Category Archives: Roman Chronology

Fiery Trigons: 1st Millennium Diagnosis

This gallery contains 28 photos.

Can Johannes Kepler’s esoteric astrology provide 1st millennium insights? Advertisements

Gallery | 12 Comments

The Roman Empire In Three Acts

This gallery contains 22 photos.

The Roman Empire narrative is best understood as a theatrical production.

Gallery | 2 Comments

Roads to Rome

This gallery contains 16 photos.

To understand why Roads Lead To Rome it’s important to understand what happened when the level of the Mediterranean Sea dropped precipitously.

Gallery | 5 Comments

Spinning Southern Africa

This gallery contains 13 photos.

The gradualist assumptions underpinning the Earth Sciences come into sharp focus when the geomagnetic history of Southern Africa is taken for a spin.

Gallery | 12 Comments

P for Pederasty

This gallery contains 21 photos.

When reviewing ancient artefacts it’s useful to remember the ancient pederastic iconography associated with bearded and clean shaven men.

Gallery | 4 Comments

Iceland’s Ice

This gallery contains 11 photos.

It’s not hard to guess that Iceland is icy. The clue, after all, is in the name. But guessing the age of Iceland’s ice is more challenging.

Gallery | 4 Comments

Plague of Justinian

This gallery contains 10 photos.

One of life’s truisms is: You can’t have your cake and eat it.

Gallery | 1 Comment

G for Gothicus

This gallery contains 10 photos.

In theory: Inscribed “Gothicus” Victory Titles should be fairly rare before 337 AD.

Gallery | 6 Comments

Macedonian Madness

This gallery contains 16 photos.

A leisurely rummage through the history of Roman Victory Titles reveals some very unexpected curiosities when serendipity intervenes.

Gallery | 4 Comments

N for Numeral

This gallery contains 23 photos.

The history of Latin Numerals is a surprisingly controversial subject primarily because the Etruscan roots of Latin Numerals are cast in stone in Scotland.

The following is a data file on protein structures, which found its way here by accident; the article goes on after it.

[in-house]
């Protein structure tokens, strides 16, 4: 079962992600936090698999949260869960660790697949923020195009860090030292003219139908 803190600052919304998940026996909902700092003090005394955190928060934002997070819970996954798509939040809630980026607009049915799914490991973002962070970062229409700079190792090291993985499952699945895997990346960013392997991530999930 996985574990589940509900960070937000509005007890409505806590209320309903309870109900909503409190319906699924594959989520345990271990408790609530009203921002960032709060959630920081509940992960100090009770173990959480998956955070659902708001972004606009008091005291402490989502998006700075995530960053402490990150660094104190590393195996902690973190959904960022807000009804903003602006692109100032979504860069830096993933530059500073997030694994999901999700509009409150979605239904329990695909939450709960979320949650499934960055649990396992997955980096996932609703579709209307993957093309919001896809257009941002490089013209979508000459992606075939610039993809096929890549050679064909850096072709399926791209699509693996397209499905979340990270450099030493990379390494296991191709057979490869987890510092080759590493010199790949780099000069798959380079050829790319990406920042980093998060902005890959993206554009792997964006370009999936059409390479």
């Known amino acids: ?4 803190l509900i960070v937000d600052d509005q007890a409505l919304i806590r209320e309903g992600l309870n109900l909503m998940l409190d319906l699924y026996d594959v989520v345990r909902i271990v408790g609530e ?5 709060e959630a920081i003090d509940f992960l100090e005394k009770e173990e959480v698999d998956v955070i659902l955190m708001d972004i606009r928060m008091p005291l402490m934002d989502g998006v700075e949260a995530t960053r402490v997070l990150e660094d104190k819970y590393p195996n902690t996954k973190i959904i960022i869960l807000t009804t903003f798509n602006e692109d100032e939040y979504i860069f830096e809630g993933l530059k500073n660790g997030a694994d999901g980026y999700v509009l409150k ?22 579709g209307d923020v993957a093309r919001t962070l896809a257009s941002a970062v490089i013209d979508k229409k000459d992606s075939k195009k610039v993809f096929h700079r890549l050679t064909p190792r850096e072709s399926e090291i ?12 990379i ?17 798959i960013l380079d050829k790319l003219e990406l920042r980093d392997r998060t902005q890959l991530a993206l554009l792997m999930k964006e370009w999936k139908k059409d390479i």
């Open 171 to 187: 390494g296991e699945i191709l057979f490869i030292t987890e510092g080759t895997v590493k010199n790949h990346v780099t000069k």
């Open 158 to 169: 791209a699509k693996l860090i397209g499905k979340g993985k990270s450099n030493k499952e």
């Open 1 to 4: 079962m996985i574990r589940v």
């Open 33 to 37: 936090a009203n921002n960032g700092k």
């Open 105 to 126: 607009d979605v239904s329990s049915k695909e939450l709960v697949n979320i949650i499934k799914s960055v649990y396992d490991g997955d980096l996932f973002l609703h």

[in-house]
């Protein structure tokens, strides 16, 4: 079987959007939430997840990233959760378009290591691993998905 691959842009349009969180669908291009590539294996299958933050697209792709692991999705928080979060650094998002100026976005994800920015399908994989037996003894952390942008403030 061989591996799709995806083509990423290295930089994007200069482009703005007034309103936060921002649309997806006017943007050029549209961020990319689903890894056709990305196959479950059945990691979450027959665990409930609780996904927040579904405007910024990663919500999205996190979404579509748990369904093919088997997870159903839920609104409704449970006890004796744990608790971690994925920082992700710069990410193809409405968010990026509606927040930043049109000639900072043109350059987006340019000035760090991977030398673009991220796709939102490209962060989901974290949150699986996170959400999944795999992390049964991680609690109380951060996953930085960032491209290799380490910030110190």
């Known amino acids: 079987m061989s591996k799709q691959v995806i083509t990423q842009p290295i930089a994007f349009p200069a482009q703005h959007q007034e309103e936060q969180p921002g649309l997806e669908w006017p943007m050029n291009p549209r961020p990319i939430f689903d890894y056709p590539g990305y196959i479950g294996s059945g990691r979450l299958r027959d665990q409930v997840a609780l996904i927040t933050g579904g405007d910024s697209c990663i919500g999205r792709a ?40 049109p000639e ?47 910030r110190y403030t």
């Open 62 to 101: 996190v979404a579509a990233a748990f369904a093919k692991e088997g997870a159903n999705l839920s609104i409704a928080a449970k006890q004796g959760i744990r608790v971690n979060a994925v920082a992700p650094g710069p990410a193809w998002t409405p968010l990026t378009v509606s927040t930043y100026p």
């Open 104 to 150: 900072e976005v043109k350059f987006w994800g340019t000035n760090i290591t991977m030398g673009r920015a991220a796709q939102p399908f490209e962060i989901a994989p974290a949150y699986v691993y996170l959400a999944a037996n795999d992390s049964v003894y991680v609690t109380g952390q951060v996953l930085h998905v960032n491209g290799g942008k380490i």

Gallery | 3 Comments

The Great Splice

This gallery contains 22 photos.

Sometimes it’s difficult to avoid concluding the historical narrative has been spliced and diced to create a desired happy ending.

Gallery | 16 Comments

Shaping Roman Scotland

This gallery contains 18 photos.

Roman forts reflect the geological changes that have shaped Scotland and Scottish history.

Gallery | 14 Comments

B for Bikini

This gallery contains 22 photos.

Although experts prefer to avoid authenticity arguments there comes a point when even casual observers wonder: Did Roman Men really wear Tights? Did Roman Women really wear Bikinis?

Gallery | 21 Comments

E for Elephant

This gallery contains 13 photos.

Roman History has – just like an elephant – wrinkles. But – unlike an elephant – Roman History forgets and fudges it’s embarrassing blemishes.

Gallery

Clark Whelton: Double Interment

This gallery contains 30 photos.

William Shakespeare was 17 when, in 1580, the eminent French philosopher and essayist Michel de Montaigne passed through the Aurelian walls via the Porta del Popolo and entered the city of Rome.

Gallery | 9 Comments

C for Colossal

This gallery contains 27 photos.

The remaining body parts of the Colossus of Constantine are an enduring reminder that students are taught to ignore truly colossal levels of Cogitative Dissonance.

Gallery | 6 Comments

F for Fake

This gallery contains 21 photos.

The Farnese Atlas is a remarkable sculpture associated with even more remarkable claims.

Gallery | 8 Comments

P for Porphyry

This gallery contains 27 photos.

Whilst perusing porphyry sculptures serendipity supplied some surprises.

Gallery | 2 Comments

A for Augustus

This gallery contains 27 photos.

Taking a sideways look at the historical narrative encompassing the death of the Roman Republic and it’s subsequent resurrection as the Roman Empire highlights some curious characters and discordant data.

Gallery | 6 Comments

M for Marcus

This gallery contains 30 photos.

Applying the Sagan Standard to Roman History means: Extraordinary Roman Narratives require Extraordinary Roman Evidence. The Sagan standard is an aphorism that asserts that “extraordinary claims require extraordinary evidence“.

Gallery | 1 Comment